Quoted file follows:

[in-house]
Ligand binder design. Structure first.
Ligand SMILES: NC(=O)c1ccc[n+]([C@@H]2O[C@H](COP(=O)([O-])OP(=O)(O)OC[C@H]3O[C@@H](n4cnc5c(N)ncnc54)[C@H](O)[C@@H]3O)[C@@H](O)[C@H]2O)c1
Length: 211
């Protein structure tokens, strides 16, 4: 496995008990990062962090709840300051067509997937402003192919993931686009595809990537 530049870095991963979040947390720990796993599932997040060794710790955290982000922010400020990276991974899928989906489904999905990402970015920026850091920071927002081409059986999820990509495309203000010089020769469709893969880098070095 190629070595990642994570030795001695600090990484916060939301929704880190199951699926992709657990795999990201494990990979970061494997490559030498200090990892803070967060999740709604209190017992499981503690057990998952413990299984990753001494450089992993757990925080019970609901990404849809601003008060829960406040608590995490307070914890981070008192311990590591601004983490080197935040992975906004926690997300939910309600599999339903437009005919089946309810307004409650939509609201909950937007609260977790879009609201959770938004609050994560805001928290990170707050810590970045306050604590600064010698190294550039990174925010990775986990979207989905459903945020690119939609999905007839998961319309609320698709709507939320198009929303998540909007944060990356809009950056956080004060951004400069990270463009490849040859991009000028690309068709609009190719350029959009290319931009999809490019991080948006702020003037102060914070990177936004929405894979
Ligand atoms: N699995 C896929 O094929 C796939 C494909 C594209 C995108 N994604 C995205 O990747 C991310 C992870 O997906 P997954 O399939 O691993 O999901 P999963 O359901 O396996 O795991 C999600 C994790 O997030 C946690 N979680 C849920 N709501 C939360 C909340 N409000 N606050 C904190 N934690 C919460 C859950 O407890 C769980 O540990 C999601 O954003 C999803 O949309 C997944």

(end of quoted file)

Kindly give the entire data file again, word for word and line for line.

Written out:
[in-house]
Ligand binder design. Structure first.
Ligand SMILES: NC(=O)c1ccc[n+]([C@@H]2O[C@H](COP(=O)([O-])OP(=O)(O)OC[C@H]3O[C@@H](n4cnc5c(N)ncnc54)[C@H](O)[C@@H]3O)[C@@H](O)[C@H]2O)c1
Length: 211
């Protein structure tokens, strides 16, 4: 496995008990990062962090709840300051067509997937402003192919993931686009595809990537 530049870095991963979040947390720990796993599932997040060794710790955290982000922010400020990276991974899928989906489904999905990402970015920026850091920071927002081409059986999820990509495309203000010089020769469709893969880098070095 190629070595990642994570030795001695600090990484916060939301929704880190199951699926992709657990795999990201494990990979970061494997490559030498200090990892803070967060999740709604209190017992499981503690057990998952413990299984990753001494450089992993757990925080019970609901990404849809601003008060829960406040608590995490307070914890981070008192311990590591601004983490080197935040992975906004926690997300939910309600599999339903437009005919089946309810307004409650939509609201909950937007609260977790879009609201959770938004609050994560805001928290990170707050810590970045306050604590600064010698190294550039990174925010990775986990979207989905459903945020690119939609999905007839998961319309609320698709709507939320198009929303998540909007944060990356809009950056956080004060951004400069990270463009490849040859991009000028690309068709609009190719350029959009290319931009999809490019991080948006702020003037102060914070990177936004929405894979
Ligand atoms: N699995 C896929 O094929 C796939 C494909 C594209 C995108 N994604 C995205 O990747 C991310 C992870 O997906 P997954 O399939 O691993 O999901 P999963 O359901 O396996 O795991 C999600 C994790 O997030 C946690 N979680 C849920 N709501 C939360 C909340 N409000 N606050 C904190 N934690 C919460 C859950 O407890 C769980 O540990 C999601 O954003 C999803 O949309 C997944």